Outside of building this house I'm not a super organized person. I've moved every 6-12 months since I left home for college and I have never gotten my crap together.
That being said, spending the kind of money it takes to build a house has terrified me into to tracking anything and everything involved. Take it from me, you need to as well.
1. Open a checking & savings account for the build
This might seem like overkill, but it makes a huge difference. We have our primary accounts for what we live off and the build accounts strictly for build expenses.
I keep a lump sum in the build savings and leave the build checking account as dry as possible. When I need to use the build checking account, I move the amount needed from the savings to the checking.
Our build checking has its own set of checks and debit cards. Debit cards on the account were important to us for things like:
Ordering samples online
Buying supplies quickly
Pulling build cash from ATM's
Side note! I made a critical error early on by only ordering 20 checks and thinking I would remember to order more before I ran out... HA... I ended up running back to the bank an hour away to get checks the day I needed them. Do better than me. Order a lot of checks early on.
So, how does that help?
When we spend money on the build, I know exactly where it came from and can easily track it with my bank. There's no guessing about which card it went on or which checking account we wrote the check from.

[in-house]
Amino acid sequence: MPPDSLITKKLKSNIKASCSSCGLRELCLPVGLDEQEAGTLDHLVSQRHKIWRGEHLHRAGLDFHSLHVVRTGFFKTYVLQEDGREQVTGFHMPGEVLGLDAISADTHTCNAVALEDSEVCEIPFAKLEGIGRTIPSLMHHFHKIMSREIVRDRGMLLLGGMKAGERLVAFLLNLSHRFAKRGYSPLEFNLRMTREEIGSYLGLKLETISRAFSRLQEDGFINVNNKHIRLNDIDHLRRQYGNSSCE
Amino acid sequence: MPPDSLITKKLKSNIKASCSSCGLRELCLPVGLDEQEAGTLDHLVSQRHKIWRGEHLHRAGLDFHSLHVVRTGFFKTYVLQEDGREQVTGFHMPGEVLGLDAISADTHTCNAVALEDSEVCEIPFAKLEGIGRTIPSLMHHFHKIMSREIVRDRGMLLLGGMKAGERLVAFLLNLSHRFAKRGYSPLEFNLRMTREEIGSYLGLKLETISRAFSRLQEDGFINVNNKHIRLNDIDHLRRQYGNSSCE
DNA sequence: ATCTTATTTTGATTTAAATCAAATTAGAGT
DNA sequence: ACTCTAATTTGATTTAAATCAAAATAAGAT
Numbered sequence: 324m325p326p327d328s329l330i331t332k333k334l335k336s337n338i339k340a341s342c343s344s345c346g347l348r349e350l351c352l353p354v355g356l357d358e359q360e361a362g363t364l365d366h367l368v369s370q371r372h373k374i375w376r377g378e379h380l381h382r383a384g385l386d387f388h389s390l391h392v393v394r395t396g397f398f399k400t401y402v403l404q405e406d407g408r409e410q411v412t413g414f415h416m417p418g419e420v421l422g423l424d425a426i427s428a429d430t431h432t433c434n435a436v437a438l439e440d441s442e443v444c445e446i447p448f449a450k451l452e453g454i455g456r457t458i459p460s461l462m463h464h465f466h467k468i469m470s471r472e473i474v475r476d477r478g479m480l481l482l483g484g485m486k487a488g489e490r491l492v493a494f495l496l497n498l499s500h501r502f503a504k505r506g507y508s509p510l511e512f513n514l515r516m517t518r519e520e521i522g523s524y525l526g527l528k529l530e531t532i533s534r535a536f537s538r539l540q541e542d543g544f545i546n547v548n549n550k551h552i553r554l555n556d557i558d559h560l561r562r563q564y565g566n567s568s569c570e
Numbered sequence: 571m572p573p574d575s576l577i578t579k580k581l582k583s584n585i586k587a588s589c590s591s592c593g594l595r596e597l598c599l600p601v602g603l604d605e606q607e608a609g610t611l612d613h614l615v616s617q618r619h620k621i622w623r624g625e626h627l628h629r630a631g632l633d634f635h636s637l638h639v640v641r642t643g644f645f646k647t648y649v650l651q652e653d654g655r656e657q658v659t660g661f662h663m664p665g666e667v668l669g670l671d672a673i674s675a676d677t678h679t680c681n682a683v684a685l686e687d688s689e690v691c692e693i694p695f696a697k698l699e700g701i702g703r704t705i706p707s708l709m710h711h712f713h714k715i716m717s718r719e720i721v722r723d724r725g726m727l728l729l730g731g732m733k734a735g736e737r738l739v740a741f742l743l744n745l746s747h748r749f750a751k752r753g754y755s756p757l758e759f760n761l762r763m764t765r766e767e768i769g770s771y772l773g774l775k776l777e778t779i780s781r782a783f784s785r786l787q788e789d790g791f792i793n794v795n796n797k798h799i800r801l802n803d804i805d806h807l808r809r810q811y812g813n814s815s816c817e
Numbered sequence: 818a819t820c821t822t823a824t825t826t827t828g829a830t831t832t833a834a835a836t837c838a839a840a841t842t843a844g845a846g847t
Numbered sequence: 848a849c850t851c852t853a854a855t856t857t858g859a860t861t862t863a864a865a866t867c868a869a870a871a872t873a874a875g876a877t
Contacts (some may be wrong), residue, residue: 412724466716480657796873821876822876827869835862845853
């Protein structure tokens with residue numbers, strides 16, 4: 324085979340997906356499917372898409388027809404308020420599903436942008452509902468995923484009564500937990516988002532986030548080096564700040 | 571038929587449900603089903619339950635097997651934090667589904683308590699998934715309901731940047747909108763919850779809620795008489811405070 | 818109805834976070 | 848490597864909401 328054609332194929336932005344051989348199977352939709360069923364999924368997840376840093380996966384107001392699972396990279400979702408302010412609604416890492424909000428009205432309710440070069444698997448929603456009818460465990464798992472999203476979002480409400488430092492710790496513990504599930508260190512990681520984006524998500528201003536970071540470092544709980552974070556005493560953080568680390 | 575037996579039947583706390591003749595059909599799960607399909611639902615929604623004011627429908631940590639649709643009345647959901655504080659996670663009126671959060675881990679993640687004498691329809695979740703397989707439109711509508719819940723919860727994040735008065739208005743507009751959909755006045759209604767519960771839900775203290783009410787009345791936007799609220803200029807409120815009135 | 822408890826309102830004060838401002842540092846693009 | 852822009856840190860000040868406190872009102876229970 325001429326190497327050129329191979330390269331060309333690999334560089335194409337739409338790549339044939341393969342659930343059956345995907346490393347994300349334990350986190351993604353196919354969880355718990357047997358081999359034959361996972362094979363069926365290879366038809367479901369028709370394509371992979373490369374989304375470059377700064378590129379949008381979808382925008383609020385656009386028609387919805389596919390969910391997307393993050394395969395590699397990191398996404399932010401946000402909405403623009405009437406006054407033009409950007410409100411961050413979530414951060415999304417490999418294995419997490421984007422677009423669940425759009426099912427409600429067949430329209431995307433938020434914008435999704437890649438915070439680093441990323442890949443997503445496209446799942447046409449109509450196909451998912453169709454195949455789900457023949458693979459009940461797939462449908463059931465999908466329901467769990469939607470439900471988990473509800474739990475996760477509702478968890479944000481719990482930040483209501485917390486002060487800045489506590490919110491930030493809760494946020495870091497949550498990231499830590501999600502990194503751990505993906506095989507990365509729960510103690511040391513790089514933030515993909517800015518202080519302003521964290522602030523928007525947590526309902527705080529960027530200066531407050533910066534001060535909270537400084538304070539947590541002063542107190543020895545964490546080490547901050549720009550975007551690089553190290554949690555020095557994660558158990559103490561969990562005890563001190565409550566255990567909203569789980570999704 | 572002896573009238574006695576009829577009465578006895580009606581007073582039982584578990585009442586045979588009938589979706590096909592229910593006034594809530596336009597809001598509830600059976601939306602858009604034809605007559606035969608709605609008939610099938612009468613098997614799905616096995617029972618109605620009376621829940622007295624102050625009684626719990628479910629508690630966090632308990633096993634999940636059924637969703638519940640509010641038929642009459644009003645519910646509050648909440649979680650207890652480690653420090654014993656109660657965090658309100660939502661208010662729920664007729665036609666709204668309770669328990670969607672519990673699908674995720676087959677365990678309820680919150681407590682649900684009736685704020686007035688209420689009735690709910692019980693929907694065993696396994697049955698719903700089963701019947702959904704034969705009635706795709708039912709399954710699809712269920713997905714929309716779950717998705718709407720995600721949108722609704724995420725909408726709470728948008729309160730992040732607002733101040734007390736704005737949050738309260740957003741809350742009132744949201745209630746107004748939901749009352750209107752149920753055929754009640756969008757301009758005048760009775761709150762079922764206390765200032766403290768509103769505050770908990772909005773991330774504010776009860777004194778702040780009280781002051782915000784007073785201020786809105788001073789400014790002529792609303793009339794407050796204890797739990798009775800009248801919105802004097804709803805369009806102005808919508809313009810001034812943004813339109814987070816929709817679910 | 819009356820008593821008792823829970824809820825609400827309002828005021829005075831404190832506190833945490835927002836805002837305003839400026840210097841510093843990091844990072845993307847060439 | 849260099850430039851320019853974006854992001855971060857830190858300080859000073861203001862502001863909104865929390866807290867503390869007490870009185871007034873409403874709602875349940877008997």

2. Document every single expense, no matter how little
I've got binders full of expenses, seriously.
When we agree to a service (things like well drilling, land clearing, driveway laying...) we take a copy of the agreement we have with the contractor. I print it, and it goes in a clear sheet protector in my binder right away.
Once I have paid for the service, I get a copy of the check and add it to the section that is for that service.
If we use the debit card for online purchases, I print the receipt and add it to a new sheet protector in the binder.
For in person purchases with the debit card, I add my physical receipt to the binder in it's own sheet protector.
At the end of each month I print the statements for our build account and stick it in front of the expense receipts for that month.
Another critical error: I used a standard binder and I should have purchased a heavy duty binder from the get. I learned the hard way and ended up having to transfer everything over, which was not fun.
So, how does that help?
Having everything organized in one place we can reference has saved us so much time and energy instead of having it in multiple different emails, places. Putting everything in the binder as we go makes the chaos of building so much simpler.
3. Keeping our binder organized
I like to keep the binder broken up into months. Since we bought our land in February of 2020, mine starts there.
This month we wrote a check for our land, so I have a copy of that check, the documentation proving it cleared, and our closing paperwork in the February tab.
No expenses, no tab
This month we spent $6,000.00 for land clearing. In the tab I have a copy of the instructions given to contractor, our land survey and documentation of the cleared check.
This month we paid our architect, engineer, and contractor. I have a copy of the invoice for their work, print out of our plans (their service), and documentation of the cleared check.
You can only shuffle paper so many times before it starts to tear, but these items do a lot to protect precious papers.
I know, it's a LOT of paper, but I really like knowing that my email account isn't my only means of accessing my documentation and we have an easy resource we can reach for.
Side note! Most banks only keep your statements available on their app for 12 months, so having a printed copy is a must.
If this resonates with you, please let me know!
I want to provide the kind of insight you want to see.
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